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Thread: Service Entrance Grounding

  1. #41
    Join Date
    Dec 2007
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    NE Nebraska
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    Quote Originally Posted by Jamesco View Post
    It can't just sit there on the grounded conductor. It's looking for mother earth.



    http://www.nemasurge.org/grounding/
    Grounded conductor is connected to earth or it wouldn't be called a grounded conductor.

    But how much resistance to earth is acceptable? NEC alone doesn't really give us much for limitations other then a single ground rod has to be less then 25 ohms or be supplemented.
    I live for today, I'm just a day behind.

  2. #42
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    Feb 2018
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    Iowa
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    Quote Originally Posted by kwired View Post
    Grounded conductor is connected to earth or it wouldn't be called a grounded conductor.

    But how much resistance to earth is acceptable? NEC alone doesn't really give us much for limitations other then a single ground rod has to be less then 25 ohms or be supplemented.
    What if it's 265 ohms?

  3. #43
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    Dec 2007
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    Quote Originally Posted by Jamesco View Post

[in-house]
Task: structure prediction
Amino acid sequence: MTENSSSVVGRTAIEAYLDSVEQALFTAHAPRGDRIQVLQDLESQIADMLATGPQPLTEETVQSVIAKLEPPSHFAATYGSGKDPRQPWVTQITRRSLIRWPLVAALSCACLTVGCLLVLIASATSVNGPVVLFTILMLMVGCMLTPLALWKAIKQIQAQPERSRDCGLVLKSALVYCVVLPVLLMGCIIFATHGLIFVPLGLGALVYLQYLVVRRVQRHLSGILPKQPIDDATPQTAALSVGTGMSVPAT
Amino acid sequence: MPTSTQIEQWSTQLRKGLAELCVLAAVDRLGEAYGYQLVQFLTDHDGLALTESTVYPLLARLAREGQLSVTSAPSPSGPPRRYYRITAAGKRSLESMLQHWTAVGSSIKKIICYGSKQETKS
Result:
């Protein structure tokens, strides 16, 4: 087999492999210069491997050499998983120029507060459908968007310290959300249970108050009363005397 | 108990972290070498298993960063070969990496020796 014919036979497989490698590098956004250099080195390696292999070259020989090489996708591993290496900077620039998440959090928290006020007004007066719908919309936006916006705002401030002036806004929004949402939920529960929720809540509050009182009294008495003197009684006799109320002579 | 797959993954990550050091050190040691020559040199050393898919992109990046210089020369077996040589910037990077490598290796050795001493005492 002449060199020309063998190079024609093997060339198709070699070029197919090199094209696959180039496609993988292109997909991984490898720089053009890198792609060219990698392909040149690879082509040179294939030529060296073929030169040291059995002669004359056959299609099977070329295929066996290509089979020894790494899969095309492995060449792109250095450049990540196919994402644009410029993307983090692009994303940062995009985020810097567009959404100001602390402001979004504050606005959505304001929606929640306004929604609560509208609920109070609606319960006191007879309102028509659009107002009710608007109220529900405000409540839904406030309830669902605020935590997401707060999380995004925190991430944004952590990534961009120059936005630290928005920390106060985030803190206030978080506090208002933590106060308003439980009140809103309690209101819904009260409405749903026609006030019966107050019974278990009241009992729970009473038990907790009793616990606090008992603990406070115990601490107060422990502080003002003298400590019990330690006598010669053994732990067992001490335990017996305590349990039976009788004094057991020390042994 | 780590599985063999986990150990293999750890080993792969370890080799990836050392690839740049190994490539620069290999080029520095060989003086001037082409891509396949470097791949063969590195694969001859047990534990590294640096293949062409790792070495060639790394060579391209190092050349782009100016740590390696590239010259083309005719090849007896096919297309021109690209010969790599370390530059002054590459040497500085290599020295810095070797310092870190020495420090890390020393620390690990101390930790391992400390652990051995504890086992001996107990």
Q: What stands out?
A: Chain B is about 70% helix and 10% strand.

What if it's 265 ohms?
    If it is a single rod you have to drive a second rod to comply with NEC. Chances are it doesn't get lowered by much though. Now if you have some specification or other desire to be below a certain level - then you have some more work to do.

    And if you just drive two rods to begin with - to comply with NEC you are done, no requirement to even measure it. It could still be 265 ohms.
    I live for today, I'm just a day behind.

  4. #44
    Join Date
    Jun 2004
    Location
    Cherry Valley NY, Seattle, WA
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    Quote Originally Posted by Jamesco View Post
    What if it's 265 ohms?
    What do you have for a grounding electrode system at your house? You seem to think it is very important, so I assume you have something elaborate with low resistance at your house?
    Ethan Brush - East West Electric. NY, WA. MA

    "You can't generalize"

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